Steve Kiefer in More Hot Water As Regulators Say He Misled Clients

by Gwen Moritz  on Wednesday, Jun. 30, 2010 12:56 pm  

Steve Kiefer, a host of financial advice shows on both radio and television, as seen in a screencap from one of his shows on YouTube.

Little Rock investment adviser Steve Kiefer and his Apple Tree Asset Management Inc. have been banned from business in Arkansas for 21 months after state securities regulators determined that Keifer had misled clients as to the status of his business and their accounts.

Arkansas Securities Commissioner Heath Abshure entered a consent order (PDF) with Kiefer and Apple Tree on Wednesday. It follows a consent order in December in which Kiefer agreed to a $50,000 fine for steering clients into mutual fund investments that maximized Kiefer's commission while reducing the client's returns.

According to the new order, Kiefer had on-again, off-again registration as an investment adviser in Arkansas during the weeks after the first consent order. On Jan. 7, he terminated his registration as a representative of Apple Tree, then reinstated it on Jan. 25, and then terminated it again on March 31.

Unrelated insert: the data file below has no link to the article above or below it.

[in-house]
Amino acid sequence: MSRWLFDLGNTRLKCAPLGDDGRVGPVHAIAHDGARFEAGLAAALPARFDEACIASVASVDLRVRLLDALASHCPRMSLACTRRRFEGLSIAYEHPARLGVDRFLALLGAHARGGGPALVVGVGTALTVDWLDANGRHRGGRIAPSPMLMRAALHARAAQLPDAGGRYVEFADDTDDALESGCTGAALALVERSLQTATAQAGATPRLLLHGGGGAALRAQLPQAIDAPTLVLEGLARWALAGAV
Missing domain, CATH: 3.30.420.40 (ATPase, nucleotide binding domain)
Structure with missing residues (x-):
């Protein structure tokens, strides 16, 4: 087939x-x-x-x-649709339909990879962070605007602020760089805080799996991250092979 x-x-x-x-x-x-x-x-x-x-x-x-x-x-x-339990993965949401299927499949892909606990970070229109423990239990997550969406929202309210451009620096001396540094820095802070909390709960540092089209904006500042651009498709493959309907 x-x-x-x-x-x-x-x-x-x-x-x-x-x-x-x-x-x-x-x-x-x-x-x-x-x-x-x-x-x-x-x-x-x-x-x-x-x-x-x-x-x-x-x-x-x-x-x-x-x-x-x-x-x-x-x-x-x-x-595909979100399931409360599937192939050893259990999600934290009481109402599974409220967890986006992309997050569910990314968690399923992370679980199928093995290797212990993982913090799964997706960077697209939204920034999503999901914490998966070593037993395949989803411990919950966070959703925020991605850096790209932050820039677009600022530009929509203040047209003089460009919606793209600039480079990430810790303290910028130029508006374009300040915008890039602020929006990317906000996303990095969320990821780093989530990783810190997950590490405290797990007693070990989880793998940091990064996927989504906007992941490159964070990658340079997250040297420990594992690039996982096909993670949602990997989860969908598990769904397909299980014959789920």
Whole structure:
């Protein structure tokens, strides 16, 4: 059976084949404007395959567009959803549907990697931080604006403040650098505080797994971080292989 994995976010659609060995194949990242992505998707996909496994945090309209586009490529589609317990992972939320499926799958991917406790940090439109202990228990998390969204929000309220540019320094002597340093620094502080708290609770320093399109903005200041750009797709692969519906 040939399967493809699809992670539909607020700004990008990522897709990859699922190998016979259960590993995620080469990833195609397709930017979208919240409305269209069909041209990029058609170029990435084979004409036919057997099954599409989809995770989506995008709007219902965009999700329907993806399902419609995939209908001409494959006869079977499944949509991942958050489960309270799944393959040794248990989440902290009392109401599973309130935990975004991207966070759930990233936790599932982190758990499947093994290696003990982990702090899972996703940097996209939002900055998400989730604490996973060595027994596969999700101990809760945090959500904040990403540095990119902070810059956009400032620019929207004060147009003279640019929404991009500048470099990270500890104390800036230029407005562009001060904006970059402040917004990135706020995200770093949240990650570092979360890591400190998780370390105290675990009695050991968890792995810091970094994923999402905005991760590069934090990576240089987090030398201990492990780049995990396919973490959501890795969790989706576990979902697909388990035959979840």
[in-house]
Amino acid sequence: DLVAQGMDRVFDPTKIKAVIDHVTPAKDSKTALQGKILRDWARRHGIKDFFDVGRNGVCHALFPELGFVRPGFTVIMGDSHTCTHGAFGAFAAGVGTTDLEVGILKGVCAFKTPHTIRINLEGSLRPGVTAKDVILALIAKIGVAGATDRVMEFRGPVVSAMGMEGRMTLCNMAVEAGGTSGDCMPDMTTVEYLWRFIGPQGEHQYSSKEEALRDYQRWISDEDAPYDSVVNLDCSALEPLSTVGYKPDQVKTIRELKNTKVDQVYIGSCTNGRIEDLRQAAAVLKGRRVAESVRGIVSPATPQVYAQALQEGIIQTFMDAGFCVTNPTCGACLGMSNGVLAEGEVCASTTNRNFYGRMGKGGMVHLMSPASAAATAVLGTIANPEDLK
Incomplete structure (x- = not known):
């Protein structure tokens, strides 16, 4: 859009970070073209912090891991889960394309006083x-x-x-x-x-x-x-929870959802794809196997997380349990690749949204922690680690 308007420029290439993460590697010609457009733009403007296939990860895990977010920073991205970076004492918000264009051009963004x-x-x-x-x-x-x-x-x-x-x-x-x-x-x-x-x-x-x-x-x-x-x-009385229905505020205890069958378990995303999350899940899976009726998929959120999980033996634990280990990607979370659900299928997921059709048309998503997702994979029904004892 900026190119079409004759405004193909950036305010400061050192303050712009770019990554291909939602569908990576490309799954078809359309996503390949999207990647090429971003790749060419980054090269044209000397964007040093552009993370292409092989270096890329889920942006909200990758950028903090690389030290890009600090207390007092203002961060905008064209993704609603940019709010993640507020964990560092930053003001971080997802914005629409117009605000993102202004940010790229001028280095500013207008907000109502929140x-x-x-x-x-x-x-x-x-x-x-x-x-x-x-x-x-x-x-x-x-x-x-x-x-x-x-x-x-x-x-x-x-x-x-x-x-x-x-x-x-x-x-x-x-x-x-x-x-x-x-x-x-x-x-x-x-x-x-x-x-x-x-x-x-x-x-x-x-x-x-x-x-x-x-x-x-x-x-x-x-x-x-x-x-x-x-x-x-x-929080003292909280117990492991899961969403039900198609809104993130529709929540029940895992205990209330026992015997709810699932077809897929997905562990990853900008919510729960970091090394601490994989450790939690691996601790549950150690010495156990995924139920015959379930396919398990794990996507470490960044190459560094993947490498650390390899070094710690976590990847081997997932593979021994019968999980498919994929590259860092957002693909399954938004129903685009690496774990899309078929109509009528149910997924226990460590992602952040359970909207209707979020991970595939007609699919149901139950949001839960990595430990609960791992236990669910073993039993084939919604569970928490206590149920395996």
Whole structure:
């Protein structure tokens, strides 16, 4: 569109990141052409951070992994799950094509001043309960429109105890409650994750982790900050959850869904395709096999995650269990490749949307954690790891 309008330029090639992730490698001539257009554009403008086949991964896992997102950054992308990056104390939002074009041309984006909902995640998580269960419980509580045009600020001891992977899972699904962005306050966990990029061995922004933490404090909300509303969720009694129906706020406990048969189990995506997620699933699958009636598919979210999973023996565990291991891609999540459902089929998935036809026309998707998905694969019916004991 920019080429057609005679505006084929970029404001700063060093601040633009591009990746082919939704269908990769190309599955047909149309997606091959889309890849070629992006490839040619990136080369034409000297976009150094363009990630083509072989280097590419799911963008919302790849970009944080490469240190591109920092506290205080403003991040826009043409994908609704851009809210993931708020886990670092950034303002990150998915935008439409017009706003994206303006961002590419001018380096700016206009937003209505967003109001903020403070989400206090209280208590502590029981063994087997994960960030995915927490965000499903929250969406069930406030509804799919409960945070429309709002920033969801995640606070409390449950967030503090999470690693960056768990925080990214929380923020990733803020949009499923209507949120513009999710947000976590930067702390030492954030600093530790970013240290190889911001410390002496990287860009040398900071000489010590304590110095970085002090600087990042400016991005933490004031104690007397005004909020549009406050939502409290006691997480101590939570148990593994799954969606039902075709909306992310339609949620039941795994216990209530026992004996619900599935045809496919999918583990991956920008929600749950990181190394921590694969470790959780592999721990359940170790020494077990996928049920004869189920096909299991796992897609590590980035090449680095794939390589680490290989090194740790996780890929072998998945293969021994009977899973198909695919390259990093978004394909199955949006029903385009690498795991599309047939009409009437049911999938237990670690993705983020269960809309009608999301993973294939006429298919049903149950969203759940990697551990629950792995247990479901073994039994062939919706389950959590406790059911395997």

Between Jan. 7 and Jan. 20, he allegedly executed transactions in customer accounts held by Charles Schwab & Co. Inc. even though he was not properly registered with the state.

On Jan. 21, Schwab terminated its relationship with Kiefer and Apple Tree. The next day, Kiefer mailed a letter to his customers saying that he had lined up another adviser to help him manage the accounts.

"You have either received a letter from Schwab or will get one that says I am terminated from them," Kiefer wrote to clients. "Don't Panic! This just means I am under [the other representative's] number so we don't have any confusion about how to look up accounts. Just sit tight and don't do anything until you get a document from us to sign to move you over to the new company I am now with."

In fact, the Arkansas Securities Department's investigation showed there was no agreement with another representative that that time "but only preliminary discussions with an investment adviser and representative about purchasing Kiefer's business." This, the order says, was a willful violation of state securities law in that the representations made in the letter were misleading.

 

 

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